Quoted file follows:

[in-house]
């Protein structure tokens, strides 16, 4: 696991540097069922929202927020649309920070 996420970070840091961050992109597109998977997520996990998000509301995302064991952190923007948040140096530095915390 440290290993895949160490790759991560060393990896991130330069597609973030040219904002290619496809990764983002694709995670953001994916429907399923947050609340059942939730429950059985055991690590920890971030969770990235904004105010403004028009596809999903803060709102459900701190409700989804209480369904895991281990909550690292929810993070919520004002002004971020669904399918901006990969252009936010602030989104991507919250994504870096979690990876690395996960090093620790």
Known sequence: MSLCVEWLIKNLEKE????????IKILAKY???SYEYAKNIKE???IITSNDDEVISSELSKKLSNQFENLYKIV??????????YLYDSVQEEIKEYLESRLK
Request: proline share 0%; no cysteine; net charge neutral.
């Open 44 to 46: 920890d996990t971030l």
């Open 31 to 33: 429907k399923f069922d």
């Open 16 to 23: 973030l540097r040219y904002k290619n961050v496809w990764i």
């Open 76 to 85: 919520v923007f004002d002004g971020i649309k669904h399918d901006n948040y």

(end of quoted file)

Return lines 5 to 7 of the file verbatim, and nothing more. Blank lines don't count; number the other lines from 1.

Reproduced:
């Open 44 to 46: 920890d996990t971030l």
């Open 31 to 33: 429907k399923f069922d």
């Open 16 to 23: 973030l540097r040219y904002k290619n961050v496809w990764i």